Indian Prime Minister Narendra Modi held separate meetings with Turkish President Recep Tayyip Erdogan, French President Francois Hollande and other world leaders in Hangzhou on the sidelines of recently concluded G-20 Summit.

Prime Minister Modi, who arrived in the eastern Chinese city on Sunday to attend the two-day Summit, mainly discussed bilateral issues with the two presidents. The topic of discussion between Modi and Erdogan was India’s NSG membership, as Ankara had opposed the South Asian country’s membership bid in Seoul in June. Later, he raised the issue of the confidential data leak of the Indian Scorpene Class submarines during his meeting with President Hollande. PM Modi also met his British counterpart Theresa May to discuss “building opportunities” between the two countries in the changing global geopolitical landscape. He told PM May that India was eager to boost trade ties with Britain after the UK’s decision to exit the European Union.

Senior spokesperson of the Indian Ministry of External Affairs Vikas Swarup told the press that all the three meetings were crucial, as the PM tried his best to inform the world leaders about India’s global aspirations. According to Swarup, Modi’s discussion with Erdogan on NSG was significant, as Turkey agreed to back India’s bid to join the elite grouping, despite China’s strong objection. Meanwhile, President Erdogan urged PM Modi to monitor the activities of supporters of dissident Muslim cleric Fethullah Gulen in India. The Turkish president believes that many of Gulen’s supporters have taken shelter in India. Gulen had allegedly masterminded the failed July coup attempt in Turkey. The two leaders further agreed to boost bilateral co-operation, with Modi announcing that India would enhance civil aviation with Turkey in the coming days.

Commenting on Modi’s meeting with President Hollande, Swarup said that the PM expressed serious concern over the leak of sensitive data related to Scorpene Class submarines. The French president assured Modi that his government would investigate how secret data of more than 22,000 pages on the capabilities of six highly-advanced submarines were leaked. The submarines are being built for the Indian Navy in Mumbai in collaboration with French defence company DCNS.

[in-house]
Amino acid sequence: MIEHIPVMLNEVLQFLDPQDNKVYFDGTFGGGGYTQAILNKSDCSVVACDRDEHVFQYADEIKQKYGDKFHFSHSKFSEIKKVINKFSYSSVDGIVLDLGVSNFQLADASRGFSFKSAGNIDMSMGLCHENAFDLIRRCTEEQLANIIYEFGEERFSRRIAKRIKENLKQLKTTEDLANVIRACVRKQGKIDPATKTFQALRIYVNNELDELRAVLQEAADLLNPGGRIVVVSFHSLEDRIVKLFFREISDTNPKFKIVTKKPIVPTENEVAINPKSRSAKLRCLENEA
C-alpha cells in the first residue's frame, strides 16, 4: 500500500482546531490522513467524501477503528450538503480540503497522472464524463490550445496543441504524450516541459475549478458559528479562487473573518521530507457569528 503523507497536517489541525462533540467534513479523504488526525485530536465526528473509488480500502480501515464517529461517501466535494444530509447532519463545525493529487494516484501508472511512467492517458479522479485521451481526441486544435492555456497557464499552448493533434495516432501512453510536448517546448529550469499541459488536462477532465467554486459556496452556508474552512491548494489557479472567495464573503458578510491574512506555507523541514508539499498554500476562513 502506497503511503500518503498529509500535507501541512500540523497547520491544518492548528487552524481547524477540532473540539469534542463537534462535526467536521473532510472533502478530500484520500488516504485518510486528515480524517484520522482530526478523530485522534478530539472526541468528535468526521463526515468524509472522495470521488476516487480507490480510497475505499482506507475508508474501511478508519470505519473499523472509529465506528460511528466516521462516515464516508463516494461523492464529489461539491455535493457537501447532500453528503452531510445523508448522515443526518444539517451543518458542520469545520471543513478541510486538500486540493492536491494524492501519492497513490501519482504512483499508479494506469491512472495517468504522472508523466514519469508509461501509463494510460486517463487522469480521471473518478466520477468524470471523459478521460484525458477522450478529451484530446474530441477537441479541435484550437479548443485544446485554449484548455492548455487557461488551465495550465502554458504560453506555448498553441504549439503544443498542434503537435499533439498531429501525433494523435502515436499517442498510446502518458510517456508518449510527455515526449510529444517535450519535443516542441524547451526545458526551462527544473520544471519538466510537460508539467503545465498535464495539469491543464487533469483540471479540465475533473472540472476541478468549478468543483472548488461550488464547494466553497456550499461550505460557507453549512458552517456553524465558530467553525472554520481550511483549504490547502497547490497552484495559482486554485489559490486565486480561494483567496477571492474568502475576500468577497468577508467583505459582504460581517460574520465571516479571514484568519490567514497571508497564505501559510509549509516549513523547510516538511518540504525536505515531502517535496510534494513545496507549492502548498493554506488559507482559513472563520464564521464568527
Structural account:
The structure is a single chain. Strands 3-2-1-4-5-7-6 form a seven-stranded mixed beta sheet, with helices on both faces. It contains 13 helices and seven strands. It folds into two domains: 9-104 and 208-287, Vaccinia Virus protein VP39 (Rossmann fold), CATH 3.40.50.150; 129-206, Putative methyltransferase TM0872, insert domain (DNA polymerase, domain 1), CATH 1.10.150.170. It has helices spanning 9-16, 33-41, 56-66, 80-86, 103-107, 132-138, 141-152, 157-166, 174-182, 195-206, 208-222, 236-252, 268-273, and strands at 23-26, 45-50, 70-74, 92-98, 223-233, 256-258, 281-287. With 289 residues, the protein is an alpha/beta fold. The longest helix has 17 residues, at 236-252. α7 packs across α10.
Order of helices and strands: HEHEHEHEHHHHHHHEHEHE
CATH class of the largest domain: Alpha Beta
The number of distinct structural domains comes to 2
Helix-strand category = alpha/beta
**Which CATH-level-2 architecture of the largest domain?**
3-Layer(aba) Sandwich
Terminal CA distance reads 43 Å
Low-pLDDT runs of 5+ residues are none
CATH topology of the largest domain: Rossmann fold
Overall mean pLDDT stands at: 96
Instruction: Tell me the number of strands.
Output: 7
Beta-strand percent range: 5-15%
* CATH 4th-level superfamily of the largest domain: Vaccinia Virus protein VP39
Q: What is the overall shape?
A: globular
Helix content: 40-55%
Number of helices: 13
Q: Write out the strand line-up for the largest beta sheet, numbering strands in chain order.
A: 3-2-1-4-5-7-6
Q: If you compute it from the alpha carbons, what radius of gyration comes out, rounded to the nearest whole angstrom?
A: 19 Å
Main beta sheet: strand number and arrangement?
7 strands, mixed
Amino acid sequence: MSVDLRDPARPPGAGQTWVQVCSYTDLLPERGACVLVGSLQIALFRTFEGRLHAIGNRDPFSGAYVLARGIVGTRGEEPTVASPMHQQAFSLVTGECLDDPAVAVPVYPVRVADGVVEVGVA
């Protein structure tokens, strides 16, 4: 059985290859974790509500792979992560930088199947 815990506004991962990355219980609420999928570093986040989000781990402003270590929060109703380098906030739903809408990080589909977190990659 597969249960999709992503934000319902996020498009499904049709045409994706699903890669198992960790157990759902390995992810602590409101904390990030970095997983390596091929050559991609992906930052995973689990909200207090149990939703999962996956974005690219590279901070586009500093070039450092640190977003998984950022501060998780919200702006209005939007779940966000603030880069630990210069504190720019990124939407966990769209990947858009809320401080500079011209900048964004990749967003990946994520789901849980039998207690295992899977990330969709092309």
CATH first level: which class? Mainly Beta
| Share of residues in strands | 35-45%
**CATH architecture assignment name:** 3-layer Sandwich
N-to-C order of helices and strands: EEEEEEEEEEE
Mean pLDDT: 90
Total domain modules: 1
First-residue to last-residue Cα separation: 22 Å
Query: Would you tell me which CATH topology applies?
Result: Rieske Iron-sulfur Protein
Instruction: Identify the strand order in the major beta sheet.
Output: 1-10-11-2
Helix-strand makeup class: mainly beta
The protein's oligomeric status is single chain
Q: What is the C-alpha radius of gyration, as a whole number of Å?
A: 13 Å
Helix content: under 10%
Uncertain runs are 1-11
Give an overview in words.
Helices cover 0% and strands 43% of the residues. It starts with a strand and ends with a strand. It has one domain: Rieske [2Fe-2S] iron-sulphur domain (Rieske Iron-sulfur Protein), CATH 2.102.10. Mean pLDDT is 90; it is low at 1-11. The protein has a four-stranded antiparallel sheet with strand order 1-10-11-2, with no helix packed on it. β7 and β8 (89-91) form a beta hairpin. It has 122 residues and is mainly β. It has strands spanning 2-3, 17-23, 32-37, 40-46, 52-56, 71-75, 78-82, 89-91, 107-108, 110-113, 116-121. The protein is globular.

Meanwhile, the Indian PM thanked the Chinese authorities for hosting a successful G-20 Summit, saying: “Discussions at G-20 Summit were extensive and wide-ranging. I thank Chinese people and government for the great hospitality during the Summit.” Modi tweeted that the Summit in Hangzhou gave him an opportunity to meet top world leaders, including Australian Prime Minister Malcolm Turnbull, Deputy Crown Prince of Saudi Arabia Mohammad bin Salman, Argentine President Mauricio Macri and US President Barack Obama. Ahead of the G-20, PM Modi presided over the BRICS (Brazil, Russia, India, China and South Africa) Leaders Meeting to finalise their stand on Hangzhou Summit. The BRICS leaders are due to attend the 8th annual Summit of the bloc in western Indian province of Goa on October 15-16.

Chinese experts, too, believe that PM Modi’s trip to Hangzhou was a successful one, as his positioning in the group photo shows his stature in the eyes of Beijing. Director of the Institute of International Affairs at the prestigious Renmin University in Beijing Wang Yizhi said that the G-20 Summit group photo threw up a thousand interpretations about where each leader stands in the hierarchy of power. He explained that the order usually followed from the front row to the row behind for group photos taken at international meetings is heads of the state (presidents and kings), heads of the government (PMs and chancellors) and representatives of international organisations. In Hangzhou, PM Modi was arranged in the first row, together with 13 leaders, including German Chancellor Angela Merkel, and his positioning in the first row demonstrated China’s attention to India as a developing country and a rising power, stressed Wang.

Koushik Das, based in the Indian capital of New Delhi, is a senior news editor with more than 15 years of experience. He also runs a blog - Boundless Ocean of Politics. E-Mail: [email protected]